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Science and Engineering at The University of Edinburgh

School of GeoSciences

Research

Motivation and Objectives

Our motivation is the need for better understanding of in situ measurements and satellite observations to quantify surface temperature as it changes from day to day, month to month. Knowing about surface temperature variations matters because these affect ecosystems and human life, and the interactions of the surface and the atmosphere. Surface temperature (ST) is also the main indicator of "global warming". Knowledge of ST for >150 years has been derived from in situ meteorological and oceanographic measurements. These have been fundamental to weather forecasting, to environmental sciences, and to detection and attribution of climate change. Thermal remote sensing of ST from space has a ~30 year history, including operational exploitation. Observations of high accuracy and stability come from the 20-year record of Along Track Scanning Radiometers (ATSRs) . ATSR-class capability will shortly become operational in the space segment of Global Monitoring for Environment and Security (GMES), and will continue until at least 2030. The best insight into ST variability and change through the 21st century will come from jointly using in situ and multi-platform satellite observations.

There is a clear need and appetite to improve the interaction of scientists across the in-situ/satellite 'divide' and across all domains of Earth's surface. This will accelerate progress in improving the quality of individual observations and the mutual exploitation of different observing systems over a range of applications. Now is a critical time to initiate this research network:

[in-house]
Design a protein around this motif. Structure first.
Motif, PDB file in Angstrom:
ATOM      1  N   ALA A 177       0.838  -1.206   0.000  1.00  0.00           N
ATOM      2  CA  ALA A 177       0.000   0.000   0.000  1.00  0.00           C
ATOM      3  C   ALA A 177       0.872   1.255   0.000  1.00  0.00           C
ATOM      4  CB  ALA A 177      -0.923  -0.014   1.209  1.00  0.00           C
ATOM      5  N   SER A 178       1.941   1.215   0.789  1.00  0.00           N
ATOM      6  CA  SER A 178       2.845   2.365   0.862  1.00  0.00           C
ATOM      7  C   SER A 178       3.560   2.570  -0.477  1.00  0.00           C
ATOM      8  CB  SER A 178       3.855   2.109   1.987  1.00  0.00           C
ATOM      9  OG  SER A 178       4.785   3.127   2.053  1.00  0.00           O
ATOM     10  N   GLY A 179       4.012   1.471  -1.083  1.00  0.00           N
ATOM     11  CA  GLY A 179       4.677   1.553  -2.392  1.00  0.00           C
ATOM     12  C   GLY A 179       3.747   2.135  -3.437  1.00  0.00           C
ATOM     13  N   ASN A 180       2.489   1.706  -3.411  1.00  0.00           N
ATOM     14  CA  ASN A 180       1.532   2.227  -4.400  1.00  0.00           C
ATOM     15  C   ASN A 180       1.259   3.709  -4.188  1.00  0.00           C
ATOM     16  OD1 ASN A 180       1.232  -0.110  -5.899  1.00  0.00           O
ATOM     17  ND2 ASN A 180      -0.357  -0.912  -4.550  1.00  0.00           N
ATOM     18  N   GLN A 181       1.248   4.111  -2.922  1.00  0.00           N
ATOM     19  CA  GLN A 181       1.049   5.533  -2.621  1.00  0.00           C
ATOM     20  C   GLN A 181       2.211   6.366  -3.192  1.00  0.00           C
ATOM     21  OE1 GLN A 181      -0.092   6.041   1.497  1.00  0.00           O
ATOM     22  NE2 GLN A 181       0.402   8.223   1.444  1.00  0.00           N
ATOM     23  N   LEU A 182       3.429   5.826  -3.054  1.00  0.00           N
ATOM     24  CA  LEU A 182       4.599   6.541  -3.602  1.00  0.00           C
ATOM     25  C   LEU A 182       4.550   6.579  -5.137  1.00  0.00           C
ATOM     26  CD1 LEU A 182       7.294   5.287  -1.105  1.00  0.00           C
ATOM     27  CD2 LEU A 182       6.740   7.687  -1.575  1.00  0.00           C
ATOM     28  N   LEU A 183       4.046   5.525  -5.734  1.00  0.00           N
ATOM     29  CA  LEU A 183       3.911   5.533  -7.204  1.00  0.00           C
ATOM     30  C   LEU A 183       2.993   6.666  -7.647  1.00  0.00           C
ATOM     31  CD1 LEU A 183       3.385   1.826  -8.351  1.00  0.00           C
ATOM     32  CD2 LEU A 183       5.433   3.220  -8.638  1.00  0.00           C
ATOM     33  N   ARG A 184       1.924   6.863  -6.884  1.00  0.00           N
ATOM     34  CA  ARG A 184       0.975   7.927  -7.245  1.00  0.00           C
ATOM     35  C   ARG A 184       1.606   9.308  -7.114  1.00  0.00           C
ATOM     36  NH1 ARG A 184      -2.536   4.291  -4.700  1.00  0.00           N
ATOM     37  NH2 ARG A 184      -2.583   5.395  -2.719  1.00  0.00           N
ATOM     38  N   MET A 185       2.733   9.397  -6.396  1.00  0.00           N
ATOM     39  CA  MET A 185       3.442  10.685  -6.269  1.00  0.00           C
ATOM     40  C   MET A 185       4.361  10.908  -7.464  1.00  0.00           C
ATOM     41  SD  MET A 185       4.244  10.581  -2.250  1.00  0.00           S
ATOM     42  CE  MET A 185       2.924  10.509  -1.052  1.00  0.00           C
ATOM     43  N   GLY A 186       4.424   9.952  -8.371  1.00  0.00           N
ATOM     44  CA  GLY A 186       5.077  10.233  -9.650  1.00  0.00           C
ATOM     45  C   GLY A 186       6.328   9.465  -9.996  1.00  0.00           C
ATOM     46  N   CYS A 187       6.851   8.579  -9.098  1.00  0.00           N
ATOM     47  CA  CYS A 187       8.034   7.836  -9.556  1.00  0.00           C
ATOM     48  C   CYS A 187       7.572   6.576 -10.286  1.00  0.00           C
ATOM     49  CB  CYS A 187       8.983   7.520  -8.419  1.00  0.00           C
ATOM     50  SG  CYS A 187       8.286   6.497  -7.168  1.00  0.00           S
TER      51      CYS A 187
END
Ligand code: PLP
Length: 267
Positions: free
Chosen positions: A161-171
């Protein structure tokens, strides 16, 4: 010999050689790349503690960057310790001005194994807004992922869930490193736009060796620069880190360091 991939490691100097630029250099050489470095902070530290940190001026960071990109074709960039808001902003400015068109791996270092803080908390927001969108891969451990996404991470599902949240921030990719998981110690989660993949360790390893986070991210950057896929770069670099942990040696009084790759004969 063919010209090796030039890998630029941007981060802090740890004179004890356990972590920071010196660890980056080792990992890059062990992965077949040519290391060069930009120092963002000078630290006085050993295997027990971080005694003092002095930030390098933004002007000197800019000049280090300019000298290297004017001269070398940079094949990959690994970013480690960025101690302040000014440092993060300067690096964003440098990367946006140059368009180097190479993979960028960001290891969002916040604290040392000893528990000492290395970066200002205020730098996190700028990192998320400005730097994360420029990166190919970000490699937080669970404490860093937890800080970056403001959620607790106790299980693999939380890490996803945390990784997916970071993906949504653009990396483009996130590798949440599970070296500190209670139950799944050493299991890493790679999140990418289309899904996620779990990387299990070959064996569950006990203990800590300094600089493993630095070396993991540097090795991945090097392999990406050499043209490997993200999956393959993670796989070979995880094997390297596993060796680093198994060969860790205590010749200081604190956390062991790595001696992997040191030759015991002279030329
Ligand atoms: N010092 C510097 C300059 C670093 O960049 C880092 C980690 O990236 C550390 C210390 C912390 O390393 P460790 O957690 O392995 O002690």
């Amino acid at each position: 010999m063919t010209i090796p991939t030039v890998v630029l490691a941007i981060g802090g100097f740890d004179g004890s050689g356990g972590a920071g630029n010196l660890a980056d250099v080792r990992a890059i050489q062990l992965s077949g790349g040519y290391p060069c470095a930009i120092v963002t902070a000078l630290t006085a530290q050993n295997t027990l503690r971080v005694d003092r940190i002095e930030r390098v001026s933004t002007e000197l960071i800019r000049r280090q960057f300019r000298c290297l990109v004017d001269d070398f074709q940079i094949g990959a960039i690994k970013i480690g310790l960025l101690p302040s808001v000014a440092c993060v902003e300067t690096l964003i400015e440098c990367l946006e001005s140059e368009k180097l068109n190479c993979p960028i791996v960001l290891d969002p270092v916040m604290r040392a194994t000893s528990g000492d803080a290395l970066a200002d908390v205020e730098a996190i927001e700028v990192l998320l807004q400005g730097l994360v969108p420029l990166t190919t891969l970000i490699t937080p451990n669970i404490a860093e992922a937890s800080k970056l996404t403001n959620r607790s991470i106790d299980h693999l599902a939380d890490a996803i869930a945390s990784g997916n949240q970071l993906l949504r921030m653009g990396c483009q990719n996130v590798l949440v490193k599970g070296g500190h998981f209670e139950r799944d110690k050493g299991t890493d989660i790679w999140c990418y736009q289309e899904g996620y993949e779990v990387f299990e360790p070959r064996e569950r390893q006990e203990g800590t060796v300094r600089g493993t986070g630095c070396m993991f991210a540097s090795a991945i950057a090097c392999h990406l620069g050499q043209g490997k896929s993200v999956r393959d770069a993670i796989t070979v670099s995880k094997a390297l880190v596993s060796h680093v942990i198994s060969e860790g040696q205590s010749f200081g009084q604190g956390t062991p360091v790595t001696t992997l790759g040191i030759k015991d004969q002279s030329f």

• First, the network will link closely to a major new initiative to improve quantification of ST from surface meteorological stations (surfacetemperatures.org).
  • Second, there are areas of acute need to improve understanding of ST: e.g., across regions of Africa, where in situ measurements are very sparse; and across the Arctic, where the evolving seasonal sea ice extent challenges the current practices for quantifying ST variability and change.
  • Third, it is timely to share experience between remote sensing communities.

All these motivations are present against a backdrop where ST is, in relation to climate change, of current public interest & relevance to policy. This network will increase the international impact of UK science. UK investigators are involved across the full scope of the proposed ST network, and have leading international roles in several areas. The network will ensure UK participation at the highest level across all domains of ST research. In this proposal, key world-class organisations overseas have roles in steering and/or hosting network activities. The network will welcome participation of others not contacted in preparation of this proposal. Permission will be sought from the originators of all data used for case studies to make the data set freely available.

The network will be organised around three themes over three years:

The first theme is an inclusive question, designed to bring together research communities and develop a full picture of common research needs and aspirations. The second theme is a pressing research question to which the network will co-ordinate a useful and unique contribution. The third theme is one of long-term interest and importance in the strengthening of the observational foundations for climate change monitoring and diagnosis.

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